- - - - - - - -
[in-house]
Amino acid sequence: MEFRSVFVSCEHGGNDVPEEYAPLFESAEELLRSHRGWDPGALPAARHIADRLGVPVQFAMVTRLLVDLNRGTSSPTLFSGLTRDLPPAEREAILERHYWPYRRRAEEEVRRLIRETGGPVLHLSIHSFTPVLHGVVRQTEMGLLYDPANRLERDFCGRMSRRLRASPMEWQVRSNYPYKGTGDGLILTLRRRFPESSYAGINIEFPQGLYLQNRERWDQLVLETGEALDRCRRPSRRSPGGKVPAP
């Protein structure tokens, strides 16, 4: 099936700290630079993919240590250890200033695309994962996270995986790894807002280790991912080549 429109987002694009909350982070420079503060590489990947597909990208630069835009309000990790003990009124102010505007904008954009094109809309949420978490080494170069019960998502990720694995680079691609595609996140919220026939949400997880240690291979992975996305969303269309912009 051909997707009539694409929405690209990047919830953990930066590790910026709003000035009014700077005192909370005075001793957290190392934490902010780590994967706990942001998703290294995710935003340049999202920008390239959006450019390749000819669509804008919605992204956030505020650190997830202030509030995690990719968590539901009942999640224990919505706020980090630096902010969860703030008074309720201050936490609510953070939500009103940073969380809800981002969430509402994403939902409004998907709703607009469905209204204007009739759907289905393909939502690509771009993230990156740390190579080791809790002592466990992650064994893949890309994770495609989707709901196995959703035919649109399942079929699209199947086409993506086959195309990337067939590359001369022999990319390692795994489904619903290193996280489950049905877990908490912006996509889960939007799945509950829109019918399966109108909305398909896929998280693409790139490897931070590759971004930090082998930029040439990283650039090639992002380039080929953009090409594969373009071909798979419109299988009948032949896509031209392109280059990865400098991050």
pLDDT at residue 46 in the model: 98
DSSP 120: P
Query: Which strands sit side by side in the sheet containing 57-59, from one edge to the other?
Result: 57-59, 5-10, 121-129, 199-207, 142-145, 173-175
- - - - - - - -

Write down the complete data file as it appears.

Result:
[in-house]
Amino acid sequence: MEFRSVFVSCEHGGNDVPEEYAPLFESAEELLRSHRGWDPGALPAARHIADRLGVPVQFAMVTRLLVDLNRGTSSPTLFSGLTRDLPPAEREAILERHYWPYRRRAEEEVRRLIRETGGPVLHLSIHSFTPVLHGVVRQTEMGLLYDPANRLERDFCGRMSRRLRASPMEWQVRSNYPYKGTGDGLILTLRRRFPESSYAGINIEFPQGLYLQNRERWDQLVLETGEALDRCRRPSRRSPGGKVPAP
């Protein structure tokens, strides 16, 4: 099936700290630079993919240590250890200033695309994962996270995986790894807002280790991912080549 429109987002694009909350982070420079503060590489990947597909990208630069835009309000990790003990009124102010505007904008954009094109809309949420978490080494170069019960998502990720694995680079691609595609996140919220026939949400997880240690291979992975996305969303269309912009 051909997707009539694409929405690209990047919830953990930066590790910026709003000035009014700077005192909370005075001793957290190392934490902010780590994967706990942001998703290294995710935003340049999202920008390239959006450019390749000819669509804008919605992204956030505020650190997830202030509030995690990719968590539901009942999640224990919505706020980090630096902010969860703030008074309720201050936490609510953070939500009103940073969380809800981002969430509402994403939902409004998907709703607009469905209204204007009739759907289905393909939502690509771009993230990156740390190579080791809790002592466990992650064994893949890309994770495609989707709901196995959703035919649109399942079929699209199947086409993506086959195309990337067939590359001369022999990319390692795994489904619903290193996280489950049905877990908490912006996509889960939007799945509950829109019918399966109108909305398909896929998280693409790139490897931070590759971004930090082998930029040439990283650039090639992002380039080929953009090409594969373009071909798979419109299988009948032949896509031209392109280059990865400098991050």
pLDDT at residue 46 in the model: 98
DSSP 120: P
Query: Which strands sit side by side in the sheet containing 57-59, from one edge to the other?
Result: 57-59, 5-10, 121-129, 199-207, 142-145, 173-175